Hidden Insight and The Third Donkey

There is a viral video making the rounds of several donkeys at an animal sanctuary trying to work their way out of a pen. Most people, including a writer at the Huffington Post, focus on the superior problem solving skills of the third donkey, named Oreste, who took a novel approach to finding his way out. Unlike Pedro and Domenico who choose to jump, he finds a more creative solution.

But there are three common mistakes of thinking about problem solving made here. Yes, I know it’s a cute video and it’s daft to read much into them. However these traps are common in daily life and how we think about problems and solutions.

  1. Insight is defined as the capacity to discern the true nature of a situation. And we presume Oreste is the most insightful. But he benefited from the information gleaned by watching the first two donkeys (Pedro and Domenico). He was able to observe, and smell, the choices the other donkeys made. At first he tries to copy what they did, but then decides, for some reason, to do something different. But if he didn’t have the data he gleaned from the other donkeys he might have simply done what they did. Oreste appears to take the most time to study before he acts than any other donkey. This suggests more data + more time often leads to better solutions.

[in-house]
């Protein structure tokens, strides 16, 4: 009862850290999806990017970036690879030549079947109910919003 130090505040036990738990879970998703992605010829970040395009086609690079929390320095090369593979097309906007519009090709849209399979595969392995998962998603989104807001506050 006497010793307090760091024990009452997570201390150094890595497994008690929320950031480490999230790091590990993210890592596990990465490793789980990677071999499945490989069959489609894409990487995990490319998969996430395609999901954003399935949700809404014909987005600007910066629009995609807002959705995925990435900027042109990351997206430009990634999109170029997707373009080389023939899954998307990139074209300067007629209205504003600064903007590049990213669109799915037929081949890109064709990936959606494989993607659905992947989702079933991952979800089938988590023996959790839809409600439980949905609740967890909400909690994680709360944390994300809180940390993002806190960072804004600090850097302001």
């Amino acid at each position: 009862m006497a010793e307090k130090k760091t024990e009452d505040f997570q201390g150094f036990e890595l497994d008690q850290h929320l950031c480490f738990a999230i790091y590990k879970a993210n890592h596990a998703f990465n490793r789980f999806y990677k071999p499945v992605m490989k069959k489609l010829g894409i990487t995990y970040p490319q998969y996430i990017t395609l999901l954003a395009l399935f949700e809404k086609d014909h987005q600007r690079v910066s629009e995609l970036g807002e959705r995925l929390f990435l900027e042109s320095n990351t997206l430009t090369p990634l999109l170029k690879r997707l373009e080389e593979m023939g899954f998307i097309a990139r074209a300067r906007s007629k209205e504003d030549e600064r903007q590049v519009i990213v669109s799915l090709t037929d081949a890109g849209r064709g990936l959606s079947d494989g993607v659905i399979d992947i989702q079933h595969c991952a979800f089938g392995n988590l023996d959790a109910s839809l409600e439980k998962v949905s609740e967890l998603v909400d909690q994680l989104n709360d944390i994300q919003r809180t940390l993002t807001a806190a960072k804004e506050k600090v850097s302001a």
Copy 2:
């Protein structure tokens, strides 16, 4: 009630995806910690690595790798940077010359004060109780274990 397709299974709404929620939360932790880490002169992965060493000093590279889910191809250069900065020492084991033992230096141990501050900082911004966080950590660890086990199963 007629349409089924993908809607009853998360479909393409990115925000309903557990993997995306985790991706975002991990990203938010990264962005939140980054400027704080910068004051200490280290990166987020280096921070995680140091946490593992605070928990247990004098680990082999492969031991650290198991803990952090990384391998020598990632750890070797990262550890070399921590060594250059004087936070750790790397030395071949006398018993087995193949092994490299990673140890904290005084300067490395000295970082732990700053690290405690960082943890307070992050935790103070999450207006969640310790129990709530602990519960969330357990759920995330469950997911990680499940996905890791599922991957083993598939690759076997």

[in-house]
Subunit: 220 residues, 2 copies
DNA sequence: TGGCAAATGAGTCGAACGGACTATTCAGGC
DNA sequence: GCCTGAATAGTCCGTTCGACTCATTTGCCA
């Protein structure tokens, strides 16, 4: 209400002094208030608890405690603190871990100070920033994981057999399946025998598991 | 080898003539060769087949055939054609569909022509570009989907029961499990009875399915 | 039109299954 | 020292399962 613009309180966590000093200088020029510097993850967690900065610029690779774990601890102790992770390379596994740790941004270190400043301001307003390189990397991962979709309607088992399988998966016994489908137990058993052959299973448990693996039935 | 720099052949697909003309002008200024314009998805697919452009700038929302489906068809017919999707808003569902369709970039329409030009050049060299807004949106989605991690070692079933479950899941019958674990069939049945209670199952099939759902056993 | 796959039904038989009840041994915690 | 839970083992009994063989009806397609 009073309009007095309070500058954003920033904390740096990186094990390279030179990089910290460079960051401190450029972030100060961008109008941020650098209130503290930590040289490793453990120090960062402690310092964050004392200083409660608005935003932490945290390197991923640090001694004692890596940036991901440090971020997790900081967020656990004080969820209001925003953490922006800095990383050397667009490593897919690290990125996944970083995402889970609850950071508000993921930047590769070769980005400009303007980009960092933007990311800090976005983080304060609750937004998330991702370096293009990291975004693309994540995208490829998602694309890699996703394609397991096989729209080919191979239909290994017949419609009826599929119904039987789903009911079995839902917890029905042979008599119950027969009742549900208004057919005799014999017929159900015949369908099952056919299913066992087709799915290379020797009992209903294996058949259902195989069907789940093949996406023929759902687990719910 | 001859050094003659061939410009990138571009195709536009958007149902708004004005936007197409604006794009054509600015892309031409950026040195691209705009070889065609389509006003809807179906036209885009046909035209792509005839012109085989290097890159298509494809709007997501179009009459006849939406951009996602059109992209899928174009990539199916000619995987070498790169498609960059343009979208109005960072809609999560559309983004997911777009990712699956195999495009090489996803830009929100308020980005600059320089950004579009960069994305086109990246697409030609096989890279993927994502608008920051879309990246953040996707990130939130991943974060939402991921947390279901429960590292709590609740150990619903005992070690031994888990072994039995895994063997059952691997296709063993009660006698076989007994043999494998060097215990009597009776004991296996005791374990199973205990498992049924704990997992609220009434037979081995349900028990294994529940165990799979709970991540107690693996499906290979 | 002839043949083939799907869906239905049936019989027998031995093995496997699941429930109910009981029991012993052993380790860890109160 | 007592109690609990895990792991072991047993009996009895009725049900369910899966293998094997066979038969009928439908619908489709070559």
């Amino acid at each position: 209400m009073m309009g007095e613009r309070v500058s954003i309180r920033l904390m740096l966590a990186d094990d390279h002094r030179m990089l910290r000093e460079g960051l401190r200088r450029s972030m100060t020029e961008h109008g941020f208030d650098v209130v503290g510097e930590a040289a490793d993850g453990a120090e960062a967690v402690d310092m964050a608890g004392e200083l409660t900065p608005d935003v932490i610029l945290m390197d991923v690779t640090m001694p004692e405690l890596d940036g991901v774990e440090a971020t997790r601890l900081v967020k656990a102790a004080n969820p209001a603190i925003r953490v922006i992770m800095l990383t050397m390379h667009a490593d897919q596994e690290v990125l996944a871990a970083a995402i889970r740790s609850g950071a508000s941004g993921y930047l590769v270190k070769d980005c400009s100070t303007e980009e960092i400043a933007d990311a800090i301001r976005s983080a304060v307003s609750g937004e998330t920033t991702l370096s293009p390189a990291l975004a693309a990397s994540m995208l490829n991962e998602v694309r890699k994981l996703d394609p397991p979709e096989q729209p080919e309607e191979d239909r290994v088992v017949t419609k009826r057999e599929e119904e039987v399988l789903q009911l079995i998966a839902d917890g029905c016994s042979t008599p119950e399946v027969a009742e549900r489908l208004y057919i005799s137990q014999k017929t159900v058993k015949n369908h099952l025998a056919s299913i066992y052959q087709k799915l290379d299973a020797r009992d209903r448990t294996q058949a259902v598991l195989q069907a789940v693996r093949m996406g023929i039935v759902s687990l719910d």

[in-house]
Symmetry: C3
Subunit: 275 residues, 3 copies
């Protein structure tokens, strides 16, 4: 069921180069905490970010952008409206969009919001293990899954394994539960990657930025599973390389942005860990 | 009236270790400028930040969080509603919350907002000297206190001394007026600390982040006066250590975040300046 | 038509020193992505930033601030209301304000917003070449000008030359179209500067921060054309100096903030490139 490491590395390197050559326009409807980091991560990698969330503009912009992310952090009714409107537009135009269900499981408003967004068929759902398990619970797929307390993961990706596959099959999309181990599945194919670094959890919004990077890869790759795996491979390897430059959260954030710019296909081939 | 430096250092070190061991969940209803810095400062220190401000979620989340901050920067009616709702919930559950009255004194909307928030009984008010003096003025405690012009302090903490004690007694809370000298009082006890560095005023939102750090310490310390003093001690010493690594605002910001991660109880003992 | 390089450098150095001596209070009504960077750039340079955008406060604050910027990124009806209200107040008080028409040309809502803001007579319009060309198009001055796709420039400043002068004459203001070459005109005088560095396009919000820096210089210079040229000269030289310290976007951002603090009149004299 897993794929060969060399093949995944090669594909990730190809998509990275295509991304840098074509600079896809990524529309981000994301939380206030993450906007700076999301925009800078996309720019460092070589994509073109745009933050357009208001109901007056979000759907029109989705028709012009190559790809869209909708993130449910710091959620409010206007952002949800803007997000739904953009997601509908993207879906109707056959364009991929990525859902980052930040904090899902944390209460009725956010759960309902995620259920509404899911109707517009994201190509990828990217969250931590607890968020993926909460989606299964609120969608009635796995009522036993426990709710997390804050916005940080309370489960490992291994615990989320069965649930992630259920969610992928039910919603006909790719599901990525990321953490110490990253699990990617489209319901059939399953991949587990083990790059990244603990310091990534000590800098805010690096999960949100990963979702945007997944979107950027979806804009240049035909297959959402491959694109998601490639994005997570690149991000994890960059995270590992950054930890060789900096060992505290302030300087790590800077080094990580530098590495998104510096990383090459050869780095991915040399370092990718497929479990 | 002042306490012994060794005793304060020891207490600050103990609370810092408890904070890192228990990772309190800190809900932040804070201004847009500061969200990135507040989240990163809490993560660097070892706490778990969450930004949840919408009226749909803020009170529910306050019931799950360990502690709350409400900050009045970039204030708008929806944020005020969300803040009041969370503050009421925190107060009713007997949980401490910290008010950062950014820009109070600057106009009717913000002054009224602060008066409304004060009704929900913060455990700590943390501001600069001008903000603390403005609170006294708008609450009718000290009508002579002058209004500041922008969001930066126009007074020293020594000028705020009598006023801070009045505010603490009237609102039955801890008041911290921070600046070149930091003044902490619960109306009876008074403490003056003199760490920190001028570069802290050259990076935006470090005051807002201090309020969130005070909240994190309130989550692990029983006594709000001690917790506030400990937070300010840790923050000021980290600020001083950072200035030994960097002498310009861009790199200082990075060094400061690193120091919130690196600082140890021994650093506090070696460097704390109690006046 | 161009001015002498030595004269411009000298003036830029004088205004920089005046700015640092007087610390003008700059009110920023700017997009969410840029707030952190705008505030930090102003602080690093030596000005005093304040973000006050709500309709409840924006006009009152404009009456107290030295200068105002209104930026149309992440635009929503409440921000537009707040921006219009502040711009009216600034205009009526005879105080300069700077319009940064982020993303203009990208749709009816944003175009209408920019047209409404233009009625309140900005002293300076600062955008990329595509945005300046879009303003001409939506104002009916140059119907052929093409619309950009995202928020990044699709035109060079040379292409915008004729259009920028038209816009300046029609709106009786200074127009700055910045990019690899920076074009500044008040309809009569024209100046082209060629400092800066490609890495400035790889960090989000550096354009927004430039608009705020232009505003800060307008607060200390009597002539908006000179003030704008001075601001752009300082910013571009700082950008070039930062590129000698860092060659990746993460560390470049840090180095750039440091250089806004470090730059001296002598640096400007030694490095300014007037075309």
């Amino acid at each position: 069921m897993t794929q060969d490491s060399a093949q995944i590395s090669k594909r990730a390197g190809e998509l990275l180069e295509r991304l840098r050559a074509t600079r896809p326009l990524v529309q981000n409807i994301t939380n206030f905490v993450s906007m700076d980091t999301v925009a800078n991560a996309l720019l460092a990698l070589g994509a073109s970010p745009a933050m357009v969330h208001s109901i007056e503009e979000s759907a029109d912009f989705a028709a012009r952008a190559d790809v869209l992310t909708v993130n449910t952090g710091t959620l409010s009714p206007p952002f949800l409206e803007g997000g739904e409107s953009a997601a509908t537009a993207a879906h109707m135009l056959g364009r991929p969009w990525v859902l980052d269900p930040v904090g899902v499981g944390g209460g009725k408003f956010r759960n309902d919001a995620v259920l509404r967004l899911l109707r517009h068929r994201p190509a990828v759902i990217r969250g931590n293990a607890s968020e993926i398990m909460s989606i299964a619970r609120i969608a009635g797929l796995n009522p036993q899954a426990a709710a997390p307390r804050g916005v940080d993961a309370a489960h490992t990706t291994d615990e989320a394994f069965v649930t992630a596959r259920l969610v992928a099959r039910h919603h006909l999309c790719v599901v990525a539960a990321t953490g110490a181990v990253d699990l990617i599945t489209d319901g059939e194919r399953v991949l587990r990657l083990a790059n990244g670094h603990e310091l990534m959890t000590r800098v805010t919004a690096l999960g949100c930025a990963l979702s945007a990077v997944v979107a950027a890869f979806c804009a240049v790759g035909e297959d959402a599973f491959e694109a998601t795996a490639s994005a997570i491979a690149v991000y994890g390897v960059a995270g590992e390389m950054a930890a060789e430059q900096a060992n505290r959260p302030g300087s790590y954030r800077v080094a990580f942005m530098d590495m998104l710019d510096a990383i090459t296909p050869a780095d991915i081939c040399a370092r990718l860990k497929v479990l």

2. We ignore the behavior of the fourth and last donkey. He doesn’t even get mentioned in the sanctuary’s own report of the event. But he might be the wisest of all. By doing the least work, he enjoyed the best outcome of all three previous donkeys at no expense of effort or possible embarrassment. There is an evolutionary advantage in being cautious. Most of the time in life we are more like the fourth donkey than any of the others. We are evolutionarily motivated to wait and observe, conversing calories, until we’re forced to make choices or good choices become obvious.
  3. The first donkey to leave gets no credit either. Arguably it’s Pedro who is the leader here, making the choice to be the first to leave. He takes the greatest initiative in deciding on this goal and acting on it by himself. But we are easily distracted away from his brave act by the novelty of Oreste’s solution, even though the outcome for all of the donkeys (leaving the pen) is mostly the same.

Our minds are biased towards simple narratives. We instinctively focus on the moment when something interesting happens, ignoring the sequence of events that led to that moment, and often ignoring the more interesting observations of what happens after the obviously interesting moment occurs.

There is an endless debate of strategy about whether it’s best to be the first with an idea, or to follow behind as a “free rider” and take advantage of the costs the first mover had to spend. There is no simple answer to this question of strategy, just as there is no single simple lesson to learn from watching donkeys escape from a pen.